Now that the top U.S. health regulators have delivered their verdict on COVID-19 booster shots, who exactly is in line to get one in the coming weeks? Sadly, too many of the wrong people and too few of the right ones, adding more messiness to a rollout process that’s been far from smooth.
The Biden administration already jumped the gun on boosters last month, calling for third shots for all adults ahead of evaluation from the Food and Drug Administration and Centers for Disease Control and Prevention, and before agencies could review data on any shot except the one made by Pfizer Inc. and BioNTech SE. Both agencies weighed in this week, with external advisers raising doubts about the need for universal boosters when protection against severe disease is largely holding up.
The result, however, was an authorization so broad — it effectively could encompass everyone older than 18 at higher risk because of their job or a health issue — that any adult that got Pfizer's vaccine can likely get a third shot six months after their second if they’re willing to lie. At the same time, millions of Americans 65 and older can't get another shot if they received a different vaccine.
Officials and experts had a difficult series of decisions to make based on limited data. But it’s hard to say that the end result is clear, evidence-based, or the best result for public health.
Pfizer initially requested booster approval for those 16 and older. But the FDA instead followed the advice of its panel of external experts and authorized Pfizer boosters only for adults 65 and older and those at high risk from their jobs or other health problems. However, it left eligibility requirements vague.
This week, the CDC's Advisory Committee on Immunization Practices, which sets national vaccine policy, met to provide further guidelines. The group fully recommended boosters for the 65-and-older set and those between 50 and 64 who are at higher risk of severe COVID. At-risk adults aged 18 to 49 got a more limited recommendation calling for individual risk-benefit assessment for third doses because there's less evidence of need in the group. But in practice, that may not make a difference because people can self-report a condition to get a shot.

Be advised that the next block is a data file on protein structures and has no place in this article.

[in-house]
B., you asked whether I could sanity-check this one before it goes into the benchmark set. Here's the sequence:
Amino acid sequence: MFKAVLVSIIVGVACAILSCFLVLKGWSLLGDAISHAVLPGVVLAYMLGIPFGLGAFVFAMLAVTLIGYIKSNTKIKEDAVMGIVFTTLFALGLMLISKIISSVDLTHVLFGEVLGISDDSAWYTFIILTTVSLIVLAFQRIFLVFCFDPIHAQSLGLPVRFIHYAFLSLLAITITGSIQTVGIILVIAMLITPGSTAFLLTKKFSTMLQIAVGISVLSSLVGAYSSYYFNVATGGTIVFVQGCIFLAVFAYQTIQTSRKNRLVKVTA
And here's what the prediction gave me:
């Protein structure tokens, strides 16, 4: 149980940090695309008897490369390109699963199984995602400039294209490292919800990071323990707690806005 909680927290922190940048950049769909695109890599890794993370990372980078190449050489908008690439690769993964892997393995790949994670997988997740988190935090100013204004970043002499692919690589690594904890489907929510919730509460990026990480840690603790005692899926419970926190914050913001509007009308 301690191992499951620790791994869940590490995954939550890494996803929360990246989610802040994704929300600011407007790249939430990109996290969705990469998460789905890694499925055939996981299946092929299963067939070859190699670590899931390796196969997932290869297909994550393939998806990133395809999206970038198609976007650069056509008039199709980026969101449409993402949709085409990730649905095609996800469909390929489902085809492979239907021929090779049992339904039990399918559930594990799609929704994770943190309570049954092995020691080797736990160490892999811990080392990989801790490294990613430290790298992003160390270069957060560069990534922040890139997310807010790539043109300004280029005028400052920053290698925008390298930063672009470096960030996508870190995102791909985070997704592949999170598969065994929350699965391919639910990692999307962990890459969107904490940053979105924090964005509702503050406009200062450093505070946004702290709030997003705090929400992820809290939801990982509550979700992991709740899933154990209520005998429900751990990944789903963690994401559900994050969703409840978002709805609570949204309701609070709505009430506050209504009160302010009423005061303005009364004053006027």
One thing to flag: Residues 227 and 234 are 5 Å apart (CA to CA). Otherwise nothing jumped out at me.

The panel did vote against third shots for those in high-risk workplaces amid concern it would open the door to boosting too broadly, but CDC Director Rochelle Walensky overruled them. That's arguably the right move for health workers, where preventing infection can keep them on the job in overwhelmed hospitals. But eligibility extends well beyond that group.
Another troublesome aspect: The agencies were willing to accept weak evidence and potential negative consequences, including still unknown safety risks and the possibility of diverting supply from first vaccinations elsewhere in the world, in order to allow broad boosters of the Pfizer-BioNTech vaccine. But they were unwilling to do the same for people at genuinely higher risk who received a vaccine from Moderna Inc. or Johnson & Johnson, which means a 25-year-old with asthma who received a Pfizer-BioNTech shot may be eligible for a booster ahead of an elderly person with extensive comorbidities who received Moderna’s vaccine, which uses the same mRNA technology.
It’s true that there’s limited evidence about mixing vaccines, which is why the FDA is holding back. But it’s not as if there’s nothing to go on. The U.K. has produced enough data that it’s comfortable with extensive mixing in its booster program, and there’s no clear evidence of elevated risk. The FDA even set a precedent for flexibility in August by allowing immunocompromised people to mix mRNA vaccines. To their credit, the CDC's external panelists pushed back on this dichotomy and argued for shots in high-risk people regardless of the initial regimen, but weren’t given the option to recommend it.
It makes sense that the U.S. authorization process should have some malleability to it in a pandemic. It’s just being applied inconsistently and without the right priorities. And that’s leaving some vulnerable people at real risk.
ABOUT THE WRITER
Max Nisen is a Bloomberg Opinion columnist covering biotech, pharma and health care. He previously wrote about management and corporate strategy for Quartz and Business Insider.
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